The Justice Department wants to force the A. H. Robins Co. to recover the approximately $7 million it paid to selected creditors in what the government calls "utter arrogance" and "willful and knowing" violation of a consent order signed by the pharmaceutical manufacturer after it filed for voluntary bankruptcy last Aug. 21.
If Robins can't get the money back, U.S. District Judge Robert R. Merhige Jr. should try to collect it from those who authorized the payments, Assistant U.S. Attorney S. David Schiller wrote in a memo filed in federal court in Richmond late Wednesday.
He denounced as "outrageous" Robins' refusal to investigate or even to consider seeking recovery of the preferential payments.
Robins spokesman Roscoe E. Puckett Jr. said the company stood by a Wednesday statement that "the actions of those involved were in no way intended to violate the order."
The Schiller memo was filed in support of Wednesday's surprise request by U.S. Attorney Justin W. Williams for appointment of a trustee to take over management of Robins. Williams said that the company should be found in contempt of court for making the payments after filing for bankruptcy.
The questioned payments included $1.2 million in deferred compensation to executives, which Schiller called "a raid on the estate's assets by corporate insiders [that] cannot be tolerated."
The company has claimed that the payments to executives were authorized by a court order approving payment of August wages to hourly employes. This defense "only highlights the callous indifference [Robins] has accorded the court's orders," Schiller responded.
Robins officials and possibly counsel also should face contempt charges for having "arrogantly and systematically flouted a clear, unambiguous order of this court," Schiller wrote.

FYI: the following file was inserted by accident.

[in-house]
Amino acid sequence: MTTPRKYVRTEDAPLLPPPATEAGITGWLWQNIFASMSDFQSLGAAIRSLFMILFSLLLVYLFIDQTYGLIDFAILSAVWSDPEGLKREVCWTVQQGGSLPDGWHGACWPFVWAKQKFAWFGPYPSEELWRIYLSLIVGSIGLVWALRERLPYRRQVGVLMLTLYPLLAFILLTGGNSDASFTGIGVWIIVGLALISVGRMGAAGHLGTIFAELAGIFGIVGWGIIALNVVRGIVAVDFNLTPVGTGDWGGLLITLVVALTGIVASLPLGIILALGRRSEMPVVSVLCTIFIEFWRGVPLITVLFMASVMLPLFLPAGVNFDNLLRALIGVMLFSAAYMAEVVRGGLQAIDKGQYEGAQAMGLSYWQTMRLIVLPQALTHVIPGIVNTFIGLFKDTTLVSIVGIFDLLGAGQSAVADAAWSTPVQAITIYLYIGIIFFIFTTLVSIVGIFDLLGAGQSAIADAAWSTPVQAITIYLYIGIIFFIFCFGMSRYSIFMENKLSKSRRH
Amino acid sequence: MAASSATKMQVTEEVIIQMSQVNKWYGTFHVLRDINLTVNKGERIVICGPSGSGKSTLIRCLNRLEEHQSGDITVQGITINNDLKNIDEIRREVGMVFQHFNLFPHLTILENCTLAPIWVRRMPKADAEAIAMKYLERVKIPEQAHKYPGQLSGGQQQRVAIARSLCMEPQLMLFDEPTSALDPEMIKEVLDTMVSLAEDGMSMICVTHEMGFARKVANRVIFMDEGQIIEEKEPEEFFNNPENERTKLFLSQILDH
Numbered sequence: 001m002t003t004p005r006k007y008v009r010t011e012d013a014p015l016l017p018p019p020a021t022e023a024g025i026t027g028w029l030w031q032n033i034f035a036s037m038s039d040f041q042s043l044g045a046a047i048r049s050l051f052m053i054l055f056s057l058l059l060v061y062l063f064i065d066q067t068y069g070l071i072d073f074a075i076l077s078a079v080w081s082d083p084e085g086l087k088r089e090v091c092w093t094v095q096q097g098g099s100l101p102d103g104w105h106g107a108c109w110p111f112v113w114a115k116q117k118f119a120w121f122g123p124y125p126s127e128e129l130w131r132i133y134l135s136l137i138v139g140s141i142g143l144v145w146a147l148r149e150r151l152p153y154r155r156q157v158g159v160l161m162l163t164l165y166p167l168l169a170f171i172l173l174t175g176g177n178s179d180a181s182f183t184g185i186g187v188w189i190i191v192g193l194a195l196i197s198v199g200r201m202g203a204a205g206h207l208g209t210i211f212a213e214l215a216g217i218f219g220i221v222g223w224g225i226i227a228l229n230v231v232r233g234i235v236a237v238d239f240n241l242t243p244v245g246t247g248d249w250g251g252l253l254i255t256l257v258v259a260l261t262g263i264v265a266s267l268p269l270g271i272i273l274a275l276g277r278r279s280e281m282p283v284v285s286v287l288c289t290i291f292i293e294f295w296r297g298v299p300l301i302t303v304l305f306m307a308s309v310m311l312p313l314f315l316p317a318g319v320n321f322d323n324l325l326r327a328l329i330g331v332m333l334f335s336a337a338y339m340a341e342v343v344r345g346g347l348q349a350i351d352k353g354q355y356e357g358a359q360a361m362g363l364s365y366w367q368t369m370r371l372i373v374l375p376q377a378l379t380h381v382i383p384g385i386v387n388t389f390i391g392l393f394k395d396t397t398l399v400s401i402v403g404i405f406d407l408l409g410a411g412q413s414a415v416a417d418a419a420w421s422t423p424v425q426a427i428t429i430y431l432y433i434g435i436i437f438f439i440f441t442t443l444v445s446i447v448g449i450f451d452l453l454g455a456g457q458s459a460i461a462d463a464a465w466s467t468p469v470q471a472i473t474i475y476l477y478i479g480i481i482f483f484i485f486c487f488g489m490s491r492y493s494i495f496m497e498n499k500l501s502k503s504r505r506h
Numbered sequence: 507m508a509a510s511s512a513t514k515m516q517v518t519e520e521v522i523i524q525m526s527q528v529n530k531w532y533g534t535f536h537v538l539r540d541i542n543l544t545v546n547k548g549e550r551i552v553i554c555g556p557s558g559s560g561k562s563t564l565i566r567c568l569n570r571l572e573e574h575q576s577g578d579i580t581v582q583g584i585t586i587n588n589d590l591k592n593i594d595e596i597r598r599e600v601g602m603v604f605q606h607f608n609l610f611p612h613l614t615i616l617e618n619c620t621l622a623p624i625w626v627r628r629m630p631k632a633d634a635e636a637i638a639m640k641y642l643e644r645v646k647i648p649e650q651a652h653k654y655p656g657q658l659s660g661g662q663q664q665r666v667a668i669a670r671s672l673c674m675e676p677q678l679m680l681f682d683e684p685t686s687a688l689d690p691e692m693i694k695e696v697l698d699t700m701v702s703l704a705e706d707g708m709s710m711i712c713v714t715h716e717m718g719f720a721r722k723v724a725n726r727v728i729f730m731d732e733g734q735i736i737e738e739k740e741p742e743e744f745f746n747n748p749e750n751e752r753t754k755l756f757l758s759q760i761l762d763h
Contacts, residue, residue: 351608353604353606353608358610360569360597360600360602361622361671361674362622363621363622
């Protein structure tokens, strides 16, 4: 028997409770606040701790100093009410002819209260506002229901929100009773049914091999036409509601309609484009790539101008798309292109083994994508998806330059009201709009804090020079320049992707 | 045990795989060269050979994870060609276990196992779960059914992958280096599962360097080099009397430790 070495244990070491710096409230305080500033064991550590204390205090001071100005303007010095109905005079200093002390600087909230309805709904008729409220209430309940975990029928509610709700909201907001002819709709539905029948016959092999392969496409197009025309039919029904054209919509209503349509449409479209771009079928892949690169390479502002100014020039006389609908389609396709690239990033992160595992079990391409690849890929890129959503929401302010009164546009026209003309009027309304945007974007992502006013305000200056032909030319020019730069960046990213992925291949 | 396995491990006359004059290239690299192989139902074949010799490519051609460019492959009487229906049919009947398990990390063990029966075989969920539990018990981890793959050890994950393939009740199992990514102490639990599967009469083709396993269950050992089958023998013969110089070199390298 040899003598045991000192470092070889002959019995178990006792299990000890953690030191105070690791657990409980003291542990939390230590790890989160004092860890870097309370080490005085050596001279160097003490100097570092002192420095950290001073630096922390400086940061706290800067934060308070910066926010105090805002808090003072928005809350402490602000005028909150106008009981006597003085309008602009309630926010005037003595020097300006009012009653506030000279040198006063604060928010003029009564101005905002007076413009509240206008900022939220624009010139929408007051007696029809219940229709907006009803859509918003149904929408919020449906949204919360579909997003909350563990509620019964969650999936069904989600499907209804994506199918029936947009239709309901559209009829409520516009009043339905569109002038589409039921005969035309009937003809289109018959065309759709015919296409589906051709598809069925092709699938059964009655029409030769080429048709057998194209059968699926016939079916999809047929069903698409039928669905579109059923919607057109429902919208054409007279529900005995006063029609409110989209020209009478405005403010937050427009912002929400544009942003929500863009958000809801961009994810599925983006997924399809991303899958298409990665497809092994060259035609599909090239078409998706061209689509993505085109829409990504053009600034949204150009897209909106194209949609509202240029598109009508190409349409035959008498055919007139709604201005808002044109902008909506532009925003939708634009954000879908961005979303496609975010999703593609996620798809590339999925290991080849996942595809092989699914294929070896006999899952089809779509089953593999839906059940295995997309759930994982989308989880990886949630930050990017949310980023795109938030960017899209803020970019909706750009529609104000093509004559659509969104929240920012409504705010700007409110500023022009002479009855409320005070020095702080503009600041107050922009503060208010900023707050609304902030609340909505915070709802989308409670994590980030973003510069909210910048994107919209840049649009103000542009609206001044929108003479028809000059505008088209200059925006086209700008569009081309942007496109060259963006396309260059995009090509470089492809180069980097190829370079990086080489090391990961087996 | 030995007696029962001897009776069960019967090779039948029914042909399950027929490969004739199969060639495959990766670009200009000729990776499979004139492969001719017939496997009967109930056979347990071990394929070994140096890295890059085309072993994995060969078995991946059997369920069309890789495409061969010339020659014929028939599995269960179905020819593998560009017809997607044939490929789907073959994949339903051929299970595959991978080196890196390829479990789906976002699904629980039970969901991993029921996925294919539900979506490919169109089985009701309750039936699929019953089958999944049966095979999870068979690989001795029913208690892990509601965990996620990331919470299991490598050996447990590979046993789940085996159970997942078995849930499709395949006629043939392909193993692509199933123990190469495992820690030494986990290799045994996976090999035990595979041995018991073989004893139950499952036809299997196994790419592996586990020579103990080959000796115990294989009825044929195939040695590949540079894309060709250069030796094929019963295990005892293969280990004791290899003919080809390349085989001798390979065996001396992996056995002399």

Robins "is out of control and only appointment of a trustee can set it back on course," Schiller contended. "Robins should not be violating an order designed to protect the very creditors toward whom it has a fiduciary obligation. Such conduct is both fraudulent and dishonest."
The creditors are mainly 5,100 women who have sued Robins because they say they were harmed by the company's Dalkon Shield intrauterine contraceptive device. Their lawsuits were frozen by the bankruptcy filing.
A hearing on the Justice Department's effort to have Robins declared in contempt and a trustee appointed is set for April 21. A hearing is scheduled today on the company's reorganization under Chapter 11 of the federal bankruptcy law. One issue is an effort by Robins to sell a pharmaceutical plant -- the only fixed asset of its British subsidiary -- without notifying the court.
Robins pledged in the consent order to use none of its assets to pay "any creditor for any debt . . . incurred prior to the filing of its petition . . . except upon order of the court." Senior Vice President and Chief Financial Officer G. E. R. Stiles and Vice President H. C. Townes are among the executives who "have testified that they understood the prohibition on payment of pre-petition debt without . . . court authorization," Schiller said.
He also wrote that a large share of $6.8 million in payments was made "in knowing violation of the consent order because Robins needed to stay in the good graces of its suppliers." Yet in its "deceptive" monthly financial statements, he continued, "nowhere is the lack of court approval mentioned."